Fed meets with taper on tap
The Federal Reserve opened its last policy meeting of the year Tuesday to decide whether the economy is strong enough to scale back its huge stimulus.
- Published: 18/12/2013 at 01:49 AM
- Newspaper section: breakingnews
US Federal Reserve chairman Ben Bernanke addresses a ceremony marking the centennial of the founding of the Federal Reserve in Washington, DC on December 16, 2013
The Fed has stressed that any taper of its $85 billion a month asset-purchase program was data-dependent, and so far the data has been decidedly mixed.
Encouraging economic indicators recently have led some analysts to expect the Federal Open Market Committee will announce a trim at the end of the meeting Wednesday.
But others expect the FOMC will hold off until the January or March meetings to make sure the economy is heading in the right direction.
A pair of November data points Tuesday suggested the Fed could opt to wait on a taper this week. Consumer prices were unchanged compared with October and up a tame 1.2 percent from November 2012, signaling inflation remains well below the Fed's 2.0 percent annual target.
And income growth for Americans -- a key indicator of the health of the economy -- remained modest at 1.1 percent year-over-year.
"With benign prices and a tepid labor market, both sides of the Fed's dual mandate calls for further stimulus by the Fed, not less. This will be a prime concern heading into the FOMC meeting today and tomorrow: is it safe to taper in the midst of disinflation?" said Jay Morelock of FTN Financial.
Tilting bets for tapering has been the modestly improving labor market following the severe 2008-2009 recession. The unemployment rate fell sharply in November to a five-year low of 7.0 percent and job growth accelerated, but labor force participation remained near historic lows.
The December FOMC meeting marks the first anniversary of the $85 billion in monthly QE3 purchases after the Fed decided the economy needed another boost to offset the drag on economic growth of looming tax increases and steep government spending cuts due to take effect in 2013.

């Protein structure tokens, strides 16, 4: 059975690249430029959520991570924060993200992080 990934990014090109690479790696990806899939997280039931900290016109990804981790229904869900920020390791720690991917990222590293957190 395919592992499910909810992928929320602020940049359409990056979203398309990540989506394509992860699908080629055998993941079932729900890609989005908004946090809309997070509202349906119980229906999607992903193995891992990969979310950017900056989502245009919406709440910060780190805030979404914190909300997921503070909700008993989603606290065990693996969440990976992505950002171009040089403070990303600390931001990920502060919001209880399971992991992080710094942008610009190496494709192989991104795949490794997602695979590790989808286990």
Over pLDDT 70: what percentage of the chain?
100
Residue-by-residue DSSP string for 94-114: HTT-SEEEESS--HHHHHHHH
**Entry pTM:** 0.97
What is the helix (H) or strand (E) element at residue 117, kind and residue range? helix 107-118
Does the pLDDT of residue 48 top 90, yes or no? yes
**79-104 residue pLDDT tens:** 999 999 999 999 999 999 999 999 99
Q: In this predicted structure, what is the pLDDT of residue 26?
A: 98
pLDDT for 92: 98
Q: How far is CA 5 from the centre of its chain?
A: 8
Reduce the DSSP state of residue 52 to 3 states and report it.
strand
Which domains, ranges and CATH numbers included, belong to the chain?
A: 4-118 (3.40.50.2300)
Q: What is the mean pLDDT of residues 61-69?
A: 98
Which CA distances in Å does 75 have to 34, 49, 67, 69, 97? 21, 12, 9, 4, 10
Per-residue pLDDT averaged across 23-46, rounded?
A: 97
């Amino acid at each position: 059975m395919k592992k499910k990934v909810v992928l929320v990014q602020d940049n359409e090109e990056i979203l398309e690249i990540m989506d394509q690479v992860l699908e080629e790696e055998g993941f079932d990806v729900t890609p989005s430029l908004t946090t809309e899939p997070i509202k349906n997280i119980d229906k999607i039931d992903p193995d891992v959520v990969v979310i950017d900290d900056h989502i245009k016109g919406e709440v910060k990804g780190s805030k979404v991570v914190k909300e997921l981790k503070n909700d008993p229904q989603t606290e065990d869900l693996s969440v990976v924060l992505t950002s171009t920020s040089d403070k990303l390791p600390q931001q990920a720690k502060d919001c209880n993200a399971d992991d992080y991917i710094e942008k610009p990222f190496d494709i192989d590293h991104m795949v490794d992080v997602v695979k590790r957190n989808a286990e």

Tapering the third round of quantitative easing would signal the beginning of the end of the Fed's five-year crisis stance, a major step toward the normalization of monetary policy, including an eventual increase in the key federal funds interest rate.
Since May, when Fed Chairman Ben Bernanke began talking about reducing the quantitative easing stimulus he started in 2008, markets have expected the start of the taper, with bond yields and lending rates, especially mortgage rates, jumping more than one percentage point in anticipation.
Moody's Analytics put the odds that the FOMC will announce plans to scale back its quantitative easing stimulus Wednesday at 50-50.
"Although the economic implications of starting this month as opposed to later are small, the market response could matter more. The Fed mustn't spook investors," said Moody's economist Ryan Sweet.
"While recent data may justify a taper now, the Fed has been noncommittal. Policymakers may not want to start in December because of normal year-end liquidity concerns."
Stocks pared earlier losses Tuesday as investors awaited the next day's Fed decision. Shortly after the FOMC meeting began, around 1800 GMT, the Dow Jones Industrial Average was down slightly, 0.05 percent, at 15,877.25, and the broad-market S&P 500 lost 0.28 percent at 1,781.55.
About the author
- Writer: AFP
- Position: News agency